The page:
Abstract
Validation of threedimensional structures is at the core of structural determination methods. The local validation criteria, such as deviations from ideal bond length and bonding angles, Ramachandran plot outliers and clashing contacts, are a standard part of structure analysis before structure deposition, whereas the global and regional packing may not yet have been addressed. In the last two decades, threedimensional models of macromolecules such as proteins have been successfully described by a network of nodes and edges. Amino acid residues as nodes and close contact between the residues as edges have been used to explore basic network properties, to study protein folding and stability and to predict catalytic sites. Using complex network analysis, we introduced common network parameters to distinguish between correct and incorrect threedimensional protein structures. The analysis showed that correct structures have a higher average node degree, higher graph energy, and lower shortest path length than their incorrect counterparts. Thus, correct protein models are more densely intraconnected, and in turn, the transfer of information between nodes/amino acids is more efficient. Moreover, protein graph spectra were used to investigate model bias in protein structure.
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Introduction
Insight into the threedimensional structures of macromolecules resolved to atomic detail is crucial for our understanding of biological processes. As only the correct structures can be used in earnest to address biological questions, the validation and quality assessment of threedimensional structures is an important issue in structural biology^{1,2,3,4}. Therefore, tools for validating many criteria have been developed, including Ramachandran plot outliers, allatom clash scores, deviations from bonding geometry, and rotamers. These criteria are good indicators of the local structure’s correctness. Implementation of Huber’s rule that the structure is correct when it fits the electron density and is correct locally and globally relies on human assessment^{5}; however, algorithms and their software implementations are lacking.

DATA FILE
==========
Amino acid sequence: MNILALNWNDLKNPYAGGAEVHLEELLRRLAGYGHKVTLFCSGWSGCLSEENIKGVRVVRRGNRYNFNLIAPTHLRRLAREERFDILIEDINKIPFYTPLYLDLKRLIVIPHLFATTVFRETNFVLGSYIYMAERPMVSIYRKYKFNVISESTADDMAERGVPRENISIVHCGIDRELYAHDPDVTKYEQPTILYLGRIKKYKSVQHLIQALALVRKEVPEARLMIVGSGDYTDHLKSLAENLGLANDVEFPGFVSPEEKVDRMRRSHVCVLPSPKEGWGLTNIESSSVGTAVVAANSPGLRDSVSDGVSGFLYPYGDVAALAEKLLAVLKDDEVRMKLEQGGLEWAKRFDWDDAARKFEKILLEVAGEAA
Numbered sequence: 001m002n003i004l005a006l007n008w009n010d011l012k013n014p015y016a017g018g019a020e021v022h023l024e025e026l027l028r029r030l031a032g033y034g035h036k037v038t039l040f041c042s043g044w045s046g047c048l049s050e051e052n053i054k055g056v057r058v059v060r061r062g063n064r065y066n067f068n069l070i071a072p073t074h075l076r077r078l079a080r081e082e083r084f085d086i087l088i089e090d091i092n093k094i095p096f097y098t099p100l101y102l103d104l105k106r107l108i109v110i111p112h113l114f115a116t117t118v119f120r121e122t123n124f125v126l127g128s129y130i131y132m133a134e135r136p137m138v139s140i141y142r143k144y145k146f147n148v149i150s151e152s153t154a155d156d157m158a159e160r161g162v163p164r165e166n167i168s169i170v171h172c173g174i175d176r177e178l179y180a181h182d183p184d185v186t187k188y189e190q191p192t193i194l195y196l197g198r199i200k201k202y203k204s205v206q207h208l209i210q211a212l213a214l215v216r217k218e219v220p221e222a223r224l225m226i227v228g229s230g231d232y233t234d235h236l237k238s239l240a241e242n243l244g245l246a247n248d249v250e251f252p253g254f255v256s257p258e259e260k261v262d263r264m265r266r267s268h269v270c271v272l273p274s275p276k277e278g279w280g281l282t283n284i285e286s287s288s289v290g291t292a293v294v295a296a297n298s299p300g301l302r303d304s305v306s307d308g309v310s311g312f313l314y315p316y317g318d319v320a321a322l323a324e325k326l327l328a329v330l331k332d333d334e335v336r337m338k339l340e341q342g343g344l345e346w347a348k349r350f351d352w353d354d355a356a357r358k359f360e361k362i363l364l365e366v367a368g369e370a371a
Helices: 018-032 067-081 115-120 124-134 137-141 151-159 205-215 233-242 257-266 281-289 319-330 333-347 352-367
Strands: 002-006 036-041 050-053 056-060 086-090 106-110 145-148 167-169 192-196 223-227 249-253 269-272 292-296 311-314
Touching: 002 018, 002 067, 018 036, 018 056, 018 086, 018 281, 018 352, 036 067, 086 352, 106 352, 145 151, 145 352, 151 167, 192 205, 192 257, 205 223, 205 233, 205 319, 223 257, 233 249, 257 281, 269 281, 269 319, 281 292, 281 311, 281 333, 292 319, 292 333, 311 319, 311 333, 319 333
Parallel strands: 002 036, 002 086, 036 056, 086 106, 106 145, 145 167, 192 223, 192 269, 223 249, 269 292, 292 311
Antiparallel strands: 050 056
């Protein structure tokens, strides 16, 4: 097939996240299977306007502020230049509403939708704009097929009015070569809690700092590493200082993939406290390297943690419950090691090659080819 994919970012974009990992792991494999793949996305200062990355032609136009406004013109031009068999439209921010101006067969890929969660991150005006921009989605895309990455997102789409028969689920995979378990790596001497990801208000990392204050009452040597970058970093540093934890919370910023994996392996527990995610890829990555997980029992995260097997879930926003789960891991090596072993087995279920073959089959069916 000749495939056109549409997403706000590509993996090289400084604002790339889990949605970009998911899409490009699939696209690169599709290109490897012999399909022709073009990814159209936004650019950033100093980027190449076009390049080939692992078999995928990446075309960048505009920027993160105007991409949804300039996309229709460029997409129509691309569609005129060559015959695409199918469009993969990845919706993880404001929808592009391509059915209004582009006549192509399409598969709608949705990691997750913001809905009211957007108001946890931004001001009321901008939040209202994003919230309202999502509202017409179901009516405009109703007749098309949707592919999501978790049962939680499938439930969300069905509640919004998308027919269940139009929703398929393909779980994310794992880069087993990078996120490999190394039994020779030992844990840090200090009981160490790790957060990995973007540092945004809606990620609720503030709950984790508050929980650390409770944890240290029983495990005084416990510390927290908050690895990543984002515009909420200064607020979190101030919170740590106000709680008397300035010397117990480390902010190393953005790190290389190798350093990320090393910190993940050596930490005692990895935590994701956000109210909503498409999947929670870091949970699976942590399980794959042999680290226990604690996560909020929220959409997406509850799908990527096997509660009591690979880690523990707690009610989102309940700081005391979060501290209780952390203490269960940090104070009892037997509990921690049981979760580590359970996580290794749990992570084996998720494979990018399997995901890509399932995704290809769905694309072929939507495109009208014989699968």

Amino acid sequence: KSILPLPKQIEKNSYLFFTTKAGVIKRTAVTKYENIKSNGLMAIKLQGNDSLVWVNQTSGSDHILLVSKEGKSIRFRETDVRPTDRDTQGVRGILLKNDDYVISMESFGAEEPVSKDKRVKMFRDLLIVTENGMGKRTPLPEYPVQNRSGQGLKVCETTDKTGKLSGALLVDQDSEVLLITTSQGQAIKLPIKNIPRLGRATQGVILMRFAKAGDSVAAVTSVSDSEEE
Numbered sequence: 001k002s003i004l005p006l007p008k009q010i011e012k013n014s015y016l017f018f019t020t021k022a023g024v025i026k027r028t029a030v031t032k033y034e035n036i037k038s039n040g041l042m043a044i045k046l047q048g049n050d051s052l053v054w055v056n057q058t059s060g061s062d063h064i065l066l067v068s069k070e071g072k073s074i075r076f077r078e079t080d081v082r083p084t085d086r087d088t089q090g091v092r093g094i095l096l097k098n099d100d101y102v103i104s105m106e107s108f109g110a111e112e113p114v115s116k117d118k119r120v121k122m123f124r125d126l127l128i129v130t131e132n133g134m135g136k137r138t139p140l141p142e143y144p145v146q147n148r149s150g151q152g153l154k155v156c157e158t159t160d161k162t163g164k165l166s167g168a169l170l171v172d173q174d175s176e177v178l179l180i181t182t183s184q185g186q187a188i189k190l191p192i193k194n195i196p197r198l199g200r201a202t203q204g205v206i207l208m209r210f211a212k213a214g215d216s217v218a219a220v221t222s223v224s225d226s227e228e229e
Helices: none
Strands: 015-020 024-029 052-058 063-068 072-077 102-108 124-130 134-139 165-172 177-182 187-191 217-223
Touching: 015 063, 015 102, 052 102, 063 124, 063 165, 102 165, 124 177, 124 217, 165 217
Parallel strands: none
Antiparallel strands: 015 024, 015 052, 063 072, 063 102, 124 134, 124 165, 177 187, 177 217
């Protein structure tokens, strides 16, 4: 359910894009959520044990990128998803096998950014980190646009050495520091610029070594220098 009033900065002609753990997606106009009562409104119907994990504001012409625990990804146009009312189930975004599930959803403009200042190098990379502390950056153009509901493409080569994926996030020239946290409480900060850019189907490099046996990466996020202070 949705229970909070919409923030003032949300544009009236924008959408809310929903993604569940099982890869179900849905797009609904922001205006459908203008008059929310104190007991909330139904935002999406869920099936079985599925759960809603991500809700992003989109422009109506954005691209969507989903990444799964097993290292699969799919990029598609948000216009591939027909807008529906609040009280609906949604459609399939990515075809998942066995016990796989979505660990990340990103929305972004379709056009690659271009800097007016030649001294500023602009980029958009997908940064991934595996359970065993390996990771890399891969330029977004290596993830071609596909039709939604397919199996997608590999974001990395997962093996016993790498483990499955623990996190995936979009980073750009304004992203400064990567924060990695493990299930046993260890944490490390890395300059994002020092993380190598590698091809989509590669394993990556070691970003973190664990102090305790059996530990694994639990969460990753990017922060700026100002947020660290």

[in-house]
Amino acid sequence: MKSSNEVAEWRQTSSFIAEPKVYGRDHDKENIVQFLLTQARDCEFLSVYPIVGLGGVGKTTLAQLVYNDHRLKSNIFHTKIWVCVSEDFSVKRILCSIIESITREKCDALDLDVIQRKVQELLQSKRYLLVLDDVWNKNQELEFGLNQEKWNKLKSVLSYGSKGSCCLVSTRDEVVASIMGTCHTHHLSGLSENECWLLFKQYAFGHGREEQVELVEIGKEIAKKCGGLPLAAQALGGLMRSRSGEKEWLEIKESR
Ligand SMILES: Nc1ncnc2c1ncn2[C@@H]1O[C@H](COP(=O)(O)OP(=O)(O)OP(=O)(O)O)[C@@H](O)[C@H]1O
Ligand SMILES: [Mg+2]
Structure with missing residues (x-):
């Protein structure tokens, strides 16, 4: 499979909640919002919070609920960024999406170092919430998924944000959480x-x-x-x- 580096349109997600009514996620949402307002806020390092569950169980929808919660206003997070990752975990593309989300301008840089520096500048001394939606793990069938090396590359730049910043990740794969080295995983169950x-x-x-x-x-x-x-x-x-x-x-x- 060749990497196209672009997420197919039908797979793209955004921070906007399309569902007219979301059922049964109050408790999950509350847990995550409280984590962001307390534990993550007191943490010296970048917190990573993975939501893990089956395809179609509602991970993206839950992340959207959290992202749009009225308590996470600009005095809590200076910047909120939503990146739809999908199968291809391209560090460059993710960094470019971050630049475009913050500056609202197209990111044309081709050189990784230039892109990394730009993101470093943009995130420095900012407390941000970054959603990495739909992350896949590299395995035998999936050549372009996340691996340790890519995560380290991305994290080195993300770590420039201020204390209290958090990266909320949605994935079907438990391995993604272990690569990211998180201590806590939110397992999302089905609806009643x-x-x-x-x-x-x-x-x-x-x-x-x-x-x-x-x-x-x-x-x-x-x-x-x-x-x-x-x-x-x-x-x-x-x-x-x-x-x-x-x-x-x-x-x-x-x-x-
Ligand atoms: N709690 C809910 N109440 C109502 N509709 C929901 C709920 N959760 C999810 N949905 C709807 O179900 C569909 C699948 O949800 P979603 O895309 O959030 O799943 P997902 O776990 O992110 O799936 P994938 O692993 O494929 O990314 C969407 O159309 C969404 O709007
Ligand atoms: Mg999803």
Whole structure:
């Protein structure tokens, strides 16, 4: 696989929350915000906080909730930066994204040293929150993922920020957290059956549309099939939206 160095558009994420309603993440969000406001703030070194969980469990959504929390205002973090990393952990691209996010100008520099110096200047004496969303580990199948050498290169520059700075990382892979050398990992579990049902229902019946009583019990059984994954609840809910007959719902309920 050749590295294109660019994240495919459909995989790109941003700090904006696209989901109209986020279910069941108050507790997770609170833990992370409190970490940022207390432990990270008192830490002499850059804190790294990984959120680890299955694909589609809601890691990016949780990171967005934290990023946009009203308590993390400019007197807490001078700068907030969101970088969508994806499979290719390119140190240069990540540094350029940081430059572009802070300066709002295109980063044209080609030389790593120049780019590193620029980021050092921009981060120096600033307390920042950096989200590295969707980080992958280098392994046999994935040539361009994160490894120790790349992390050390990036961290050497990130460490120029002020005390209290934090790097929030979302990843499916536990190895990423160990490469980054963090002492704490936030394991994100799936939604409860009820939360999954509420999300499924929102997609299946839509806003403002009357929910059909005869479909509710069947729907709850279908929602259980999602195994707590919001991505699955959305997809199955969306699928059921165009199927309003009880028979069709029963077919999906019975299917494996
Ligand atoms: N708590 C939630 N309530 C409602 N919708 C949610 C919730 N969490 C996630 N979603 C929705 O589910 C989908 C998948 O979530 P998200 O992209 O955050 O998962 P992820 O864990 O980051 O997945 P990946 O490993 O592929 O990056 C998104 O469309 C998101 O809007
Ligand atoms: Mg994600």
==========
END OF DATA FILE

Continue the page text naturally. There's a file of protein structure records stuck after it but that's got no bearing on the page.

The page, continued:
The informational abstraction of threedimensional macromolecular structures into residue networks provides a means to address this issue. The analysis and exploration of a complex networks approach are still expanding across various research areas^{6}. In the last decade, protein structures have been modelled as networks numerous times^{7,8,9}. Interacting amino acids, presented as nodes and edges, have smallworld properties^{10} with relatively short characteristic path lengths and high clustering coefficients. From this perspective, the interacting amino acids are like other selforganized networks, such as World Wide Web pages^{11}, biological signaling pathways^{12}, metabolic networks^{13}, and scientific collaboration networks^{14}. Protein and residue network models have been successfully used for predictions of catalytic sites^{15,16,17}, examinations of protein structures from modeling^{18}, investigations of protein dynamics^{19}, analysis of proteinprotein interaction networks^{20,21}, graph theoretical analysis of protein pathways^{22}, and assignments of residues that play crucial roles in protein folding^{23,24,25}. Surprisingly, to date, residue network characteristics have not been used to validate threedimensional protein structures deposited in Protein Data Bank and, Protein Graph Repository. Here, we demonstrate the use of complex network analysis for macromolecule model quality assessment and for differentiation between incorrect and correct protein structures.
Results
Node degree of residue network models
We analysed more than 50,000 residue networks and evaluated the dependence of node degree (ND) on (i) resolution and (ii) residue network size. The ND parameter indicates how an average node is connected to the other nodes. The distribution of ND clearly shows that ND does not depend on resolution (Fig. 1A, inset) and suggests that ND is not strongly related to protein size (N), as \(ND\,{N}^{0.023}\) (Fig. 1A). Furthermore, the expected ND can be given by the expression \(ND=7{N}^{0.023}\), where N is number of nodes, and the next approximation is given as \({e}^{1.94}\approx 7\). The resulting scaling exponent of 0.023 indicates that an increase in the protein size of 1000 times increases the ND by approximately 20% on average. Therefore, the ND of proteins of similar sizes are not randomly scattered over a wide range but rather are distributed in a narrow interval (σ ≈ 0.4). Note that a higher ND for large proteins may be observed because larger proteins have more core nodes. Moreover, larger proteins are made from several domains, thereby forming quaternary structures and hence establishing additional edges between adjacent domains in threedimensional space^{19}.
Global correctness of macromolecular structures